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Western Press Review: Strategies In War Against Terrorism, Poland's Elections

Prague, 25 September 2001 (RFE/RL) -- The war against terrorism declared by the United States and its allies continues to dominate analysis in the Western press today, as commentators examine the possibilities for winning a decisive victory over the terrorist threat. Other commentary looks at Poland's general election on 23 September and how the political shift will affect its chances for European Union accession.


"The Wall Street Journal" in an editorial considers British Foreign Secretary Jack Straw's visit to Tehran, calling it "a gamble worth taking" even if a level of skepticism should remain well intact. The paper writes: "Iran may have self-interested reasons for cooperating. The Shiite Persians have no special love for the Sunni Taliban regime in Afghanistan, and they fought a horrible war with Iraq's Saddam Hussein in the 1980s. The Iranians thus may see a chance to weaken their neighbors in the region. If nothing else, perhaps Mr. Straw can win Iran's neutrality should the U.S. and its allies strike inside Afghanistan."

But the paper goes on to say that neither the U.S. nor Britain should consider Iran an ally just yet. It writes: "Notwithstanding [reformist President Mohammad] Khatami, Iran's ultra-hardline clerics wield enormous power. Iran's human rights record is abysmal. [So] skepticism is in order. The same goes for any Western overtures to Syria, another regime with a long record of harboring terrorists. The risk in building an anti-terrorist alliance is that it will become so broad that it deteriorates into a one-man hunt: to find Osama bin Laden. Once he is captured, the temptation will be to declare victory, until some new state-sponsored terrorists strike."

"But wars can make for strange alliances," says the paper. "Iran will have to decide which side it's on."


An editorial in "The Washington Post" questions the rhetoric surrounding some Western claims regarding the declared "war on terrorism" and also looks at the coalition-building taking place in this new endeavor.

The paper writes: "[It] is important to be careful and precise in measuring the foe and setting the goals. Is it the entire story, for example, that the terrorists target America because they hate its open society? [Then] why do the terrorists also target authoritarian regimes such as those of Uzbekistan or Saudi Arabia?" the paper asks. "It is important to recognize distinctions where they exist -- among different terrorist organizations and among varying goals even within organizations."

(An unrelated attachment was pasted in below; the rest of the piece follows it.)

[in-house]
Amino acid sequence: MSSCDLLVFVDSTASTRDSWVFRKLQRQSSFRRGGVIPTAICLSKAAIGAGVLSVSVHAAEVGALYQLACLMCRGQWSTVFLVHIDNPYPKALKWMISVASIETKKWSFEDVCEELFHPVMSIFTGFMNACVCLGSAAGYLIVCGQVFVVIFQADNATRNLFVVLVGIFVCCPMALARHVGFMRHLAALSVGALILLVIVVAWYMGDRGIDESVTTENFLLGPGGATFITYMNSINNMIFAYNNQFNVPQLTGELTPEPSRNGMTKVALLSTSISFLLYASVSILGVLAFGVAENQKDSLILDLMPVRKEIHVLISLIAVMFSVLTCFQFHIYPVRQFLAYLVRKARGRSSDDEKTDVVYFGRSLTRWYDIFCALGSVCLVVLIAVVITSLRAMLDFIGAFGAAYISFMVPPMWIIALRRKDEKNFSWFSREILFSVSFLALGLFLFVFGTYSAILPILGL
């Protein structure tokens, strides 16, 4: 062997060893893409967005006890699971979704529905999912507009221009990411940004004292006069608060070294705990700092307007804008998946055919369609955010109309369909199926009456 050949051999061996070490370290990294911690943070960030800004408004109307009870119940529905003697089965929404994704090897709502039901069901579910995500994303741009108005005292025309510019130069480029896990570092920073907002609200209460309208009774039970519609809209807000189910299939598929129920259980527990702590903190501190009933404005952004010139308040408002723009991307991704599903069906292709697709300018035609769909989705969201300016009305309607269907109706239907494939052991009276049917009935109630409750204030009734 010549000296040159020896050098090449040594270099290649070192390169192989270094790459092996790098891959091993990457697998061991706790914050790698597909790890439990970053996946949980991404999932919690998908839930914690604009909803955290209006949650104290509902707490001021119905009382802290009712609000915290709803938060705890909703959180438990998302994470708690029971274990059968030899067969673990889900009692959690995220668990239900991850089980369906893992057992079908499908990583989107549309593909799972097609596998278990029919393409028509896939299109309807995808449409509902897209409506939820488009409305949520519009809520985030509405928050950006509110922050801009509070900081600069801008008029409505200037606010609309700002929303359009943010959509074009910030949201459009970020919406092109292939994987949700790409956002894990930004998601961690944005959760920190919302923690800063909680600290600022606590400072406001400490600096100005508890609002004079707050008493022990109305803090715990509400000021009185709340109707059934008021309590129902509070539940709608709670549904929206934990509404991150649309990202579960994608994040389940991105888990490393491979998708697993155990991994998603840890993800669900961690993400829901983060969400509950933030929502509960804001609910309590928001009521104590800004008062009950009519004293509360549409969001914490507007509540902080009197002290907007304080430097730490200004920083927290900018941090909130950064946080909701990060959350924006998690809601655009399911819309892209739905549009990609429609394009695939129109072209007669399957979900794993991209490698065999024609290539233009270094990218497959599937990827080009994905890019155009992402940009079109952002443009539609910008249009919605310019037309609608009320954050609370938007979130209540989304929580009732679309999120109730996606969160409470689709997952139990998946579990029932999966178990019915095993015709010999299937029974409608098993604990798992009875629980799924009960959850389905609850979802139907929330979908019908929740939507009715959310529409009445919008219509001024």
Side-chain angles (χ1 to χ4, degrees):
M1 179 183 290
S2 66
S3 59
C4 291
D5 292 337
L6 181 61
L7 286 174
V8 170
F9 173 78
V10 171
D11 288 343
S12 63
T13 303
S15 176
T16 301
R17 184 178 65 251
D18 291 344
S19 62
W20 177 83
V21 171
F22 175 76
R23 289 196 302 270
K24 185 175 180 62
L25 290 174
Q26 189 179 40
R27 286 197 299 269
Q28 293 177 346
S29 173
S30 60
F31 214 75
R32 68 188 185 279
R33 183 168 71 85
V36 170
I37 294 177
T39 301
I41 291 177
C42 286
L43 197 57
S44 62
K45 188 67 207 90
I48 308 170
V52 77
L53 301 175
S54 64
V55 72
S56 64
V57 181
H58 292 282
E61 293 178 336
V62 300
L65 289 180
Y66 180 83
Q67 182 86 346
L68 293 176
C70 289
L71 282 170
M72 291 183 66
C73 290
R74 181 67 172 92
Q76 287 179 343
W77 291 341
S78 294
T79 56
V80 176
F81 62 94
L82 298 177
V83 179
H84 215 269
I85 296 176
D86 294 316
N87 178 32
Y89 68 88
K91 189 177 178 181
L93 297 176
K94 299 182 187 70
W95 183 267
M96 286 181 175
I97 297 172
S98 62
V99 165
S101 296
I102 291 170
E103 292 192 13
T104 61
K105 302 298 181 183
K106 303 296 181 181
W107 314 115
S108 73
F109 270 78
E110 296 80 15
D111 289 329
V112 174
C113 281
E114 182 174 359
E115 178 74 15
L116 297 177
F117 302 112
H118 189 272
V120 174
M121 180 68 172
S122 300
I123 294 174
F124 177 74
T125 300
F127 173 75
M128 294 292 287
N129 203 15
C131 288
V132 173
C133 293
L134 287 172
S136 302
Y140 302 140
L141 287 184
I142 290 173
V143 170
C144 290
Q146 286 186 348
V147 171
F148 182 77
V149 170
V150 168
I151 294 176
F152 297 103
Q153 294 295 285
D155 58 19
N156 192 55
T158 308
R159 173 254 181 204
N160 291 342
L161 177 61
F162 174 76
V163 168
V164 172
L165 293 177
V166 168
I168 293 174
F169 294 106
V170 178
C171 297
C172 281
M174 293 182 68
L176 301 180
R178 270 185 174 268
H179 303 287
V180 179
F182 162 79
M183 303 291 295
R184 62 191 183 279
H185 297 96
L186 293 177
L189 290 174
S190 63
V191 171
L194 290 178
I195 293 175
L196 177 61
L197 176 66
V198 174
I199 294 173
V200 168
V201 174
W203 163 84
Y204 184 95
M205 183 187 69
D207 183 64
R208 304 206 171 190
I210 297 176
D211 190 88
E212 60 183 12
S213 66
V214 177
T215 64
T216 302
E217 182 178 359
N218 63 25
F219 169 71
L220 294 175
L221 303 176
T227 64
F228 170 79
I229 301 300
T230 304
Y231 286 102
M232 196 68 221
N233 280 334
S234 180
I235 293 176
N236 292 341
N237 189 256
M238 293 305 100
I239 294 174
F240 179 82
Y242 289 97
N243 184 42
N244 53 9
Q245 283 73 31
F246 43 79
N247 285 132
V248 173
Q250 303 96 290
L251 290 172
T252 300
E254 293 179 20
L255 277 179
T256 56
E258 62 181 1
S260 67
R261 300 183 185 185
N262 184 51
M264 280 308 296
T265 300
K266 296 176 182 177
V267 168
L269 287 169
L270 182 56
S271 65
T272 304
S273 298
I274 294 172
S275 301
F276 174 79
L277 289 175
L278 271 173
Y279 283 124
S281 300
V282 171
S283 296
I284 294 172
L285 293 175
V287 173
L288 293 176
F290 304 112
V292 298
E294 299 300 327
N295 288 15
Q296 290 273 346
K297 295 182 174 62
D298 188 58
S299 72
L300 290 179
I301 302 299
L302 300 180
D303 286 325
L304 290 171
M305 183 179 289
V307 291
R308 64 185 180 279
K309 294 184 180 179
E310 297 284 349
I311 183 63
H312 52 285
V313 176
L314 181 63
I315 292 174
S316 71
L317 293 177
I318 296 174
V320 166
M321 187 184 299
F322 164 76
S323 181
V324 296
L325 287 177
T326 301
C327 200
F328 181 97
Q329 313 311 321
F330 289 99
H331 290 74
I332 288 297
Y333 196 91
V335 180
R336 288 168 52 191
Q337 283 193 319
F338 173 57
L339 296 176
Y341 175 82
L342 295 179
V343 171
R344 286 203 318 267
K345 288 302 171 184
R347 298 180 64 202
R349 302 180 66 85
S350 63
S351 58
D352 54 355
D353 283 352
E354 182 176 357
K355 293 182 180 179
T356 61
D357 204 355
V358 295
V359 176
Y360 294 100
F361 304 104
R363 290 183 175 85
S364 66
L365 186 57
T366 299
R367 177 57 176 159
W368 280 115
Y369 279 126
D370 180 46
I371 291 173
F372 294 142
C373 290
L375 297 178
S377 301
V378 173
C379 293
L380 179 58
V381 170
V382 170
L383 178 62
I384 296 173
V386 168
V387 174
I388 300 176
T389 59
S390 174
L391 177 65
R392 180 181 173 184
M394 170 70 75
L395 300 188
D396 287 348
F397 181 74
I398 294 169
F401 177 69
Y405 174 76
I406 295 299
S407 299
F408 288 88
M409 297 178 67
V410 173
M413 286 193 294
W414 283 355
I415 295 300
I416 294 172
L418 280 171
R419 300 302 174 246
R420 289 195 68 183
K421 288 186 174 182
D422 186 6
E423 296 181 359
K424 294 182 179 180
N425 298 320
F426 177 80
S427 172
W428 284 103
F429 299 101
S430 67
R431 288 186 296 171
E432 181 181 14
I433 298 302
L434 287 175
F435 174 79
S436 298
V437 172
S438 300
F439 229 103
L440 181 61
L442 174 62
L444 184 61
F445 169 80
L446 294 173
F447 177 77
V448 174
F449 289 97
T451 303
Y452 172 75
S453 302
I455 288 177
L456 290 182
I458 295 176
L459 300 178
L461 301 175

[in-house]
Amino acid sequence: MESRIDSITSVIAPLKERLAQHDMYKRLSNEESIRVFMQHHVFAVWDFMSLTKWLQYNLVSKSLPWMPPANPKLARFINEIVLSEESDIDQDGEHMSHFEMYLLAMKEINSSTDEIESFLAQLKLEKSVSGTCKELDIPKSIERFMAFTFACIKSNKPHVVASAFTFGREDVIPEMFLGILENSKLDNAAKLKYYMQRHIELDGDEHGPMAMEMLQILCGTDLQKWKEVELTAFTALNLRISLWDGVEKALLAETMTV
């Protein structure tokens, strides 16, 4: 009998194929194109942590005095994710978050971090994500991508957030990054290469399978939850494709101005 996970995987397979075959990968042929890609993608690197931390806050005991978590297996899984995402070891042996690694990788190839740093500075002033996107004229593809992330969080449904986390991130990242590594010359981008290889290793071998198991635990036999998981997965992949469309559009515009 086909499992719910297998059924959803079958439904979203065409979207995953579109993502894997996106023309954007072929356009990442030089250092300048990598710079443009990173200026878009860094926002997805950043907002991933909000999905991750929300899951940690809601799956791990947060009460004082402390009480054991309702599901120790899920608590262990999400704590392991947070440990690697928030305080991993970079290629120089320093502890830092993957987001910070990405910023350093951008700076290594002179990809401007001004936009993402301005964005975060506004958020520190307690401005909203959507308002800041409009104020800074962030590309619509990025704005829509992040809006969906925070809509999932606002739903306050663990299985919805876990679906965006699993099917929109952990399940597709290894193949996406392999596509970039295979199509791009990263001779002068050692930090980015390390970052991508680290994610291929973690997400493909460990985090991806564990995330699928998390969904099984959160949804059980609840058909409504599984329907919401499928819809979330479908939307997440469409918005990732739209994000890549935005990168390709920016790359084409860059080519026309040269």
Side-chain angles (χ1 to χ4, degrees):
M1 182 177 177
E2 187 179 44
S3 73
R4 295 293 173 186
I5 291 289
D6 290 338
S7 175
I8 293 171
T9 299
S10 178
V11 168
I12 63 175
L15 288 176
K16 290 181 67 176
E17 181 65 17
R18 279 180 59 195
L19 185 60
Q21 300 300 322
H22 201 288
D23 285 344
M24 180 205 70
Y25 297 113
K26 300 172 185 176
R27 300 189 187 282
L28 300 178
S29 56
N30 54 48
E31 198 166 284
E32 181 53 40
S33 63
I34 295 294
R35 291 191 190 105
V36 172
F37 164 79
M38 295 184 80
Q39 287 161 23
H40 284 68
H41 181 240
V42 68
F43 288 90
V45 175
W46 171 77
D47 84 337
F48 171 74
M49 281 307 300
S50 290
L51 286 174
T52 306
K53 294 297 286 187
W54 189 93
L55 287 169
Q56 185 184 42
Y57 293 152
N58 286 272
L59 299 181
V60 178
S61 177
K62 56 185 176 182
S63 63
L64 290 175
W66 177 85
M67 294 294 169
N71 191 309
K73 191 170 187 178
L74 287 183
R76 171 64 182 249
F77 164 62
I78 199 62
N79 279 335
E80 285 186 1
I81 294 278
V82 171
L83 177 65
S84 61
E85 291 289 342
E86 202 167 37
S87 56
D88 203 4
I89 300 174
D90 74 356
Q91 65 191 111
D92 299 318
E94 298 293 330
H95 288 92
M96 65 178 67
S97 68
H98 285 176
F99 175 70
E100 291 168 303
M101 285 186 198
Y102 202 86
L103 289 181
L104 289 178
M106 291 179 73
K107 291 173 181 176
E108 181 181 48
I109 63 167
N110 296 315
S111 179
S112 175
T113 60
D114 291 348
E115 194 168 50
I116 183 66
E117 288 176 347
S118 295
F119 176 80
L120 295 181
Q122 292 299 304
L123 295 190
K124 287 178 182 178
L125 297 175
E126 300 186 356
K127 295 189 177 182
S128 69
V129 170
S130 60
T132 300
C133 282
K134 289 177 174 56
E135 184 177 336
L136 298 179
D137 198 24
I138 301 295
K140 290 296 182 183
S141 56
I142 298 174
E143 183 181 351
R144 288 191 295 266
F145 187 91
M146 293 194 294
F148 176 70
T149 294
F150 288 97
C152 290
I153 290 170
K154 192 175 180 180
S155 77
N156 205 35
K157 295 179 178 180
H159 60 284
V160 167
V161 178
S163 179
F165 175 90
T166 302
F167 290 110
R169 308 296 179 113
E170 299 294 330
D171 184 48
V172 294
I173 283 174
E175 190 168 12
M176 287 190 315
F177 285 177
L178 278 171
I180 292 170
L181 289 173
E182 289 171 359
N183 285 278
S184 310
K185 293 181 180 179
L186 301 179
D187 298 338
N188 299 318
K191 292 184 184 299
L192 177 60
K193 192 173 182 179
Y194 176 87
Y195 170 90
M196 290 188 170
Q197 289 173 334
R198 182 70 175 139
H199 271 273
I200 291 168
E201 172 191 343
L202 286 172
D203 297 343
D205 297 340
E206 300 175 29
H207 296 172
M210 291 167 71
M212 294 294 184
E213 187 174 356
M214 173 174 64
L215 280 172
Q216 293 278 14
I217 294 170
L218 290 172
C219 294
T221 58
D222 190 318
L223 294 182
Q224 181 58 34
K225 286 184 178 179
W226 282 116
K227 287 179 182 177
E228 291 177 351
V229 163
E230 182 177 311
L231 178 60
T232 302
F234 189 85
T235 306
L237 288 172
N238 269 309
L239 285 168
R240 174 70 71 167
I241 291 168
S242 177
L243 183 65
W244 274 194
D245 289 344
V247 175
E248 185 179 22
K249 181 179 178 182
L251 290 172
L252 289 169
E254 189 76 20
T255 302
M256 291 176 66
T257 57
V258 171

The paper notes that, as in the Cold War, the campaign against terrorism "will put the United States in league with allies of convenience, unsavory ones at times. Already, [the] United States finds itself pondering cooperation with the despotic regime of Central Asia's Uzbekistan."

Saudi Arabia and China are also considered allies in the war against terrorism. The paper writes: "Such regimes may work with the United States because they also fear the Islamic extremists, but not in defense of freedom," it says. "To the dictators of China and Central Asia, the terrorists may represent chaos, a challenge to state authority, but no one running those countries views democracy as the alternative to Islamic extremism."


In "Frankfurter Allgemeine Zeitung," Michael Ludwig looks at Poland's Sunday election and says that the dissatisfaction of the voters evidenced by the low turnout seems to be directed at politicians as a whole. Three populist protest movements -- the farmers' union, Self-Defense; the ultraconservative Catholic nationalists of the League of Polish Families; and the movement of Law and Justice -- have won "a good quarter" of the seats in the lower house, the Sejm. But Ludwig says that all three of these parties "lack a political or economic concept for Poland and take a negative or at least skeptical view of the country joining the European Union. The elections have thus weakened the cross-party consensus in parliament on the need for integrating Poland into the EU."

Ludwig goes on to say that although the political situation in Poland is serious, "there is still a glimmer of hope." The Civic Platform party is increasingly appealing to moderate conservatives; the same is true of the neo-liberal wing of the Freedom Union.

Ludwig writes: "If the [Civic] platform, which came from nothing to be the second-strongest party in parliament, were to decide to support the left or even to enter a coalition with it, the damage that the populists threaten to wreak could be limited. A historic compromise of this kind would certainly be in Poland's interest."


An editorial in the "Financial Times" says that Poland's election has "left the country facing political uncertainty just when it needs strong leadership to prepare for European Union accession." The paper notes that the ex-communist Democratic Left Alliance (SLD) was left without a majority and will now struggle to form a government. The editorial says that its best partner would be the center-right Civic Platform, a party committed to EU-oriented reforms.